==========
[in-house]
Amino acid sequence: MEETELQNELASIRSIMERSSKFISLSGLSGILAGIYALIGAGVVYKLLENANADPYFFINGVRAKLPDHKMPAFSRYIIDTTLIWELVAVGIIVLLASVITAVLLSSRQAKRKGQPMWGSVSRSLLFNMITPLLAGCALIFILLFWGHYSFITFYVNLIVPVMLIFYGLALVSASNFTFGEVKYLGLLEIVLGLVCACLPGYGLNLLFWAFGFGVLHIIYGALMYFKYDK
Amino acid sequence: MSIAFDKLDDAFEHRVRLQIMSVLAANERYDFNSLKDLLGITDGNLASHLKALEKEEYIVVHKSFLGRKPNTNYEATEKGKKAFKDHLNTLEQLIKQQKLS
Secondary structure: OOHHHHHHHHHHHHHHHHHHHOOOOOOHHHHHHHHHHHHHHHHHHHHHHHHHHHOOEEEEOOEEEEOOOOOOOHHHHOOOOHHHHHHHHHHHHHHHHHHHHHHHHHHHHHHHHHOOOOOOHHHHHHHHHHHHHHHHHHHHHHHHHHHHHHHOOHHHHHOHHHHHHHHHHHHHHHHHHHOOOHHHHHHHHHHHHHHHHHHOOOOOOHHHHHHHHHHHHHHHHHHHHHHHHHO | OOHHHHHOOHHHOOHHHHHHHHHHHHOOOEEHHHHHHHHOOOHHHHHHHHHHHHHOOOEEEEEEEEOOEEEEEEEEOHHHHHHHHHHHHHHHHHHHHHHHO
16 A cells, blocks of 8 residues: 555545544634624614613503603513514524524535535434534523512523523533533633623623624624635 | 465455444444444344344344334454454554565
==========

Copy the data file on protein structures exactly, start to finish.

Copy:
[in-house]
Amino acid sequence: MEETELQNELASIRSIMERSSKFISLSGLSGILAGIYALIGAGVVYKLLENANADPYFFINGVRAKLPDHKMPAFSRYIIDTTLIWELVAVGIIVLLASVITAVLLSSRQAKRKGQPMWGSVSRSLLFNMITPLLAGCALIFILLFWGHYSFITFYVNLIVPVMLIFYGLALVSASNFTFGEVKYLGLLEIVLGLVCACLPGYGLNLLFWAFGFGVLHIIYGALMYFKYDK
Amino acid sequence: MSIAFDKLDDAFEHRVRLQIMSVLAANERYDFNSLKDLLGITDGNLASHLKALEKEEYIVVHKSFLGRKPNTNYEATEKGKKAFKDHLNTLEQLIKQQKLS
Secondary structure: OOHHHHHHHHHHHHHHHHHHHOOOOOOHHHHHHHHHHHHHHHHHHHHHHHHHHHOOEEEEOOEEEEOOOOOOOHHHHOOOOHHHHHHHHHHHHHHHHHHHHHHHHHHHHHHHHHOOOOOOHHHHHHHHHHHHHHHHHHHHHHHHHHHHHHHOOHHHHHOHHHHHHHHHHHHHHHHHHHOOOHHHHHHHHHHHHHHHHHHOOOOOOHHHHHHHHHHHHHHHHHHHHHHHHHO | OOHHHHHOOHHHOOHHHHHHHHHHHHOOOEEHHHHHHHHOOOHHHHHHHHHHHHHOOOEEEEEEEEOOEEEEEEEEOHHHHHHHHHHHHHHHHHHHHHHHO
16 A cells, blocks of 8 residues: 555545544634624614613503603513514524524535535434534523512523523533533633623623624624635 | 465455444444444344344344334454454554565